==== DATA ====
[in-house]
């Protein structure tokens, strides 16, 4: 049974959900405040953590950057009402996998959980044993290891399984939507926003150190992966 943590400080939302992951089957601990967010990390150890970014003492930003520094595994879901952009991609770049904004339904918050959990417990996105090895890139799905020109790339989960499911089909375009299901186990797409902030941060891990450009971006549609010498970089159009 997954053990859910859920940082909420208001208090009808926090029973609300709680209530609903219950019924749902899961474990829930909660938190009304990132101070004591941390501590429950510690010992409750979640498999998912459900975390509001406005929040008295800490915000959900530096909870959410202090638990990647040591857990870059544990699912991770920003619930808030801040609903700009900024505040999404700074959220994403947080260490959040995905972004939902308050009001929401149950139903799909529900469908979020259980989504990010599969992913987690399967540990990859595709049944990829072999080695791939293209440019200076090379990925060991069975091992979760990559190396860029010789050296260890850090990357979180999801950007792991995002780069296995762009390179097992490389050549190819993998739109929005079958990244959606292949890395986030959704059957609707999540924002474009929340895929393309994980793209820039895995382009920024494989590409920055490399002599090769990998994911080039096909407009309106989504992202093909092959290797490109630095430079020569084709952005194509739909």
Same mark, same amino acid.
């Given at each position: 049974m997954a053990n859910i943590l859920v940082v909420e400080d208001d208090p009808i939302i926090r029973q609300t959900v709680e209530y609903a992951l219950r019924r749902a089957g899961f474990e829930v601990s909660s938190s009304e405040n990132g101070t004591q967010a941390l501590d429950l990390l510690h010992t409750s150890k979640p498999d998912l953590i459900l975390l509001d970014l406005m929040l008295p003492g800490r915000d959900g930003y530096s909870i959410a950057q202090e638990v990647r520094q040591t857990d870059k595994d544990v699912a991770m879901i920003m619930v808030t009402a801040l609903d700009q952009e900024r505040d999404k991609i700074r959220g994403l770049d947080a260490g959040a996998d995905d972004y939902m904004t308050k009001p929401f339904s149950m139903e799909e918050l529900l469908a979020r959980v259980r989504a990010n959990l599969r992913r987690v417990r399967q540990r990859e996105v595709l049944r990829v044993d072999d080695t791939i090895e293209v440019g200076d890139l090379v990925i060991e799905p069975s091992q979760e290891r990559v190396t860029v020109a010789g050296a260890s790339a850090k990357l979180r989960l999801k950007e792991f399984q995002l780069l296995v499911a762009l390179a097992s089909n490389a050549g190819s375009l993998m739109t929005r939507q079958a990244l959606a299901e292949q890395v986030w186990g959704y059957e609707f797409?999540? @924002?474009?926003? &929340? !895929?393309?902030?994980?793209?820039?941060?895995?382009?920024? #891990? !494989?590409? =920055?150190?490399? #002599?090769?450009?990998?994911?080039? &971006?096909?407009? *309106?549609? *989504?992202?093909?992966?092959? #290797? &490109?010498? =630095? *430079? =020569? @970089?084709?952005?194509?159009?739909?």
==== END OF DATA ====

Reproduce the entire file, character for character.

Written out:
[in-house]
């Protein structure tokens, strides 16, 4: 049974959900405040953590950057009402996998959980044993290891399984939507926003150190992966 943590400080939302992951089957601990967010990390150890970014003492930003520094595994879901952009991609770049904004339904918050959990417990996105090895890139799905020109790339989960499911089909375009299901186990797409902030941060891990450009971006549609010498970089159009 997954053990859910859920940082909420208001208090009808926090029973609300709680209530609903219950019924749902899961474990829930909660938190009304990132101070004591941390501590429950510690010992409750979640498999998912459900975390509001406005929040008295800490915000959900530096909870959410202090638990990647040591857990870059544990699912991770920003619930808030801040609903700009900024505040999404700074959220994403947080260490959040995905972004939902308050009001929401149950139903799909529900469908979020259980989504990010599969992913987690399967540990990859595709049944990829072999080695791939293209440019200076090379990925060991069975091992979760990559190396860029010789050296260890850090990357979180999801950007792991995002780069296995762009390179097992490389050549190819993998739109929005079958990244959606292949890395986030959704059957609707999540924002474009929340895929393309994980793209820039895995382009920024494989590409920055490399002599090769990998994911080039096909407009309106989504992202093909092959290797490109630095430079020569084709952005194509739909």
Same mark, same amino acid.
């Given at each position: 049974m997954a053990n859910i943590l859920v940082v909420e400080d208001d208090p009808i939302i926090r029973q609300t959900v709680e209530y609903a992951l219950r019924r749902a089957g899961f474990e829930v601990s909660s938190s009304e405040n990132g101070t004591q967010a941390l501590d429950l990390l510690h010992t409750s150890k979640p498999d998912l953590i459900l975390l509001d970014l406005m929040l008295p003492g800490r915000d959900g930003y530096s909870i959410a950057q202090e638990v990647r520094q040591t857990d870059k595994d544990v699912a991770m879901i920003m619930v808030t009402a801040l609903d700009q952009e900024r505040d999404k991609i700074r959220g994403l770049d947080a260490g959040a996998d995905d972004y939902m904004t308050k009001p929401f339904s149950m139903e799909e918050l529900l469908a979020r959980v259980r989504a990010n959990l599969r992913r987690v417990r399967q540990r990859e996105v595709l049944r990829v044993d072999d080695t791939i090895e293209v440019g200076d890139l090379v990925i060991e799905p069975s091992q979760e290891r990559v190396t860029v020109a010789g050296a260890s790339a850090k990357l979180r989960l999801k950007e792991f399984q995002l780069l296995v499911a762009l390179a097992s089909n490389a050549g190819s375009l993998m739109t929005r939507q079958a990244l959606a299901e292949q890395v986030w186990g959704y059957e609707f797409?999540? @924002?474009?926003? &929340? !895929?393309?902030?994980?793209?820039?941060?895995?382009?920024? #891990? !494989?590409? =920055?150190?490399? #002599?090769?450009?990998?994911?080039? &971006?096909?407009? *309106?549609? *989504?992202?093909?992966?092959? #290797? &490109?010498? =630095? *430079? =020569? @970089?084709?952005?194509?159009?739909?």